We disagree. "Without reserve" is a term of art assuring prospective bidders that once an article or lot is put up for bids, that article or lot cannot be withdrawn regardless of how low the highest bid may be. Zuhak v. Rose, 264 Wis. 286, 291-92, 58 N.W.2d 693, 696 (1953); see also 7A C.J.S. Auctions & Auctioneers, sec. 11, at 868-69 (1980); 7 Am. Jur. 2d Auctions and Auctioneers, sec. 17, at 376-77 (1980).

Section 402.328(1) and (3), Stats. (adopting U.C.C. secs. 2-328(1) and (3)) states in part:

Sale by auction.(1) In a sale by auction if goods are put up in lots each lot is the subject of a separate sale. .... *157 (3) Such a sale is with reserve unless the goods are in explicit terms put up without reserve. ...In an auction without reserve, after the auctioneer calls for bids on an article or lot, that article or lot cannot be withdrawn unless no bid is made within a reasonable time. (Emphasis added.)[1]

See also Official Comment to U.C.C., sec. 2-328, at 134, which provides in part:

2. An auction "with reserve" is the normal procedure. The crucial point, however, for determining the nature of an auction is the "putting up" of the goods. This Article accepts the view that the goods may be withdrawn before they are actually "put up," regardless of whether the auction is advertised as one without reserve, ....

Accordingly, the seller may cancel the auction, modify the terms of the auction, or withdraw goods before they are actually put up for sale, regardless of whether the auction is advertised as a sale with or without reserve. As the Restatement of Contracts illustrates:

*158 4. A advertises a sale of his household furniture without reserve. An article is put up for sale at the auction and B is the highest bona fide bidder; but A, dissatisfied with the bidding, either accepts a higher fictitious bid from an agent employed for the purpose, or openly withdraws the article from sale. He also withdraws all the rest of the furniture from the sale. In either case A is bound by contract to B to sell to him the article on which he was the highest bona fide bidder, but neither B nor the others at the auction have legal ground for complaint that the remainder of the furniture not yet actually put up for sale is withdrawn from sale.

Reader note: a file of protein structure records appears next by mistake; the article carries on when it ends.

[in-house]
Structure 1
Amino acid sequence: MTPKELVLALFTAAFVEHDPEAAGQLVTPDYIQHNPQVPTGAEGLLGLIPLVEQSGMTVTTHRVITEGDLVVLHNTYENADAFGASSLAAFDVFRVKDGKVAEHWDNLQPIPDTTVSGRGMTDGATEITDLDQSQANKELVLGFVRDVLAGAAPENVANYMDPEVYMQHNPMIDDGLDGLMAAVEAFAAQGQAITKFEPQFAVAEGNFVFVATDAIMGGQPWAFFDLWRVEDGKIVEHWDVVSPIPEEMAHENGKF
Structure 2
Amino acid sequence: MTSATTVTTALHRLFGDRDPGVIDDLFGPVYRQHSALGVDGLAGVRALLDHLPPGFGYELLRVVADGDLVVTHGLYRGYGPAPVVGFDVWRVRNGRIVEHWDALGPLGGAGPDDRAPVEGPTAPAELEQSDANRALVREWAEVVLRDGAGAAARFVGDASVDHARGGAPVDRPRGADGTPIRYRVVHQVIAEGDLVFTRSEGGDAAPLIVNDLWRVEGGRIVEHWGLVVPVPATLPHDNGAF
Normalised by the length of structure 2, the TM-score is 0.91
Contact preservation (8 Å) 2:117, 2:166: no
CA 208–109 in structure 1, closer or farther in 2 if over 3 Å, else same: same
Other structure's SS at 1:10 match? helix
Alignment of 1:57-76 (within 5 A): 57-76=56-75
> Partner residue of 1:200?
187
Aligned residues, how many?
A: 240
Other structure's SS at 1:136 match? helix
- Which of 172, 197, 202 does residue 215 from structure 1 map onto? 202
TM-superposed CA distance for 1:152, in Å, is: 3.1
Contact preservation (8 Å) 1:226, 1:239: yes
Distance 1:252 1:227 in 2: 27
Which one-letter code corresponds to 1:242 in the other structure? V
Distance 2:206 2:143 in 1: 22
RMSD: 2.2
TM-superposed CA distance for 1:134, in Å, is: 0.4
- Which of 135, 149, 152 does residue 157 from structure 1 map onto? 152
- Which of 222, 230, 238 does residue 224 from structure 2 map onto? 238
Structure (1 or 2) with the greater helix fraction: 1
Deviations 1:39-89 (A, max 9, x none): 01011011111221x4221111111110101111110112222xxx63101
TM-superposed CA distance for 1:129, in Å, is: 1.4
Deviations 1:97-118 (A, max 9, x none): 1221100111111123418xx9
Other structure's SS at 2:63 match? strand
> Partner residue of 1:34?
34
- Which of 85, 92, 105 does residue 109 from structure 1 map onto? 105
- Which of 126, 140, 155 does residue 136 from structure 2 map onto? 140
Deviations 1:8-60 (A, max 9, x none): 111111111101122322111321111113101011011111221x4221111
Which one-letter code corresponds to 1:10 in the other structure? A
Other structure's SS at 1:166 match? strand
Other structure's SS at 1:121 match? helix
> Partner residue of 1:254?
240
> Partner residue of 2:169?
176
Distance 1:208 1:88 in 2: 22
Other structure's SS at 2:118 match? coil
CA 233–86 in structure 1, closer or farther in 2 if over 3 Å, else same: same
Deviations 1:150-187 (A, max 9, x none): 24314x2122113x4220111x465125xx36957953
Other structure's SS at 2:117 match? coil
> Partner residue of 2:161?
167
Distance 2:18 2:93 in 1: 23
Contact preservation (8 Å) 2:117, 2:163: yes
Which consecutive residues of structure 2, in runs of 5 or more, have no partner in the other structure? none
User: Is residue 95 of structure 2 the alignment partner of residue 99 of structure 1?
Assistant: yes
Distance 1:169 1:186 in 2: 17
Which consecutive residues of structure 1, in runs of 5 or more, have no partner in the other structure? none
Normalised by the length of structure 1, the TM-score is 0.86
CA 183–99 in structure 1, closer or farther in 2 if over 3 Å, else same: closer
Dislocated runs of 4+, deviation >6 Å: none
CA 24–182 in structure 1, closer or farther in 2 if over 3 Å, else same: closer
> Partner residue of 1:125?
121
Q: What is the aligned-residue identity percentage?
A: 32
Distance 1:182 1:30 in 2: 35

Restatement of Contracts, sec. 27, illustration 4, at 35-36 (1932); see also Annotation, Withdrawal of property before bids, 37 A.L.R.2d, sec. 6, at 1055-56 (1954).


Furthermore, a sale bill advertising an "absolute auction" is not binding on the prospective seller. Rather, an advertisement that a person will liquidate his property at public auction is a mere declaration of intention that in no way affects his legal relations. See 7 Am. Jur. 2d, supra, p. 6, sec. 16, at 374-75; Restatement, supra, p. 7, illustration 1; see also Jones v. Hackensack Auto Wreck., Inc., 11 A.2d 595 (N.J. 1940).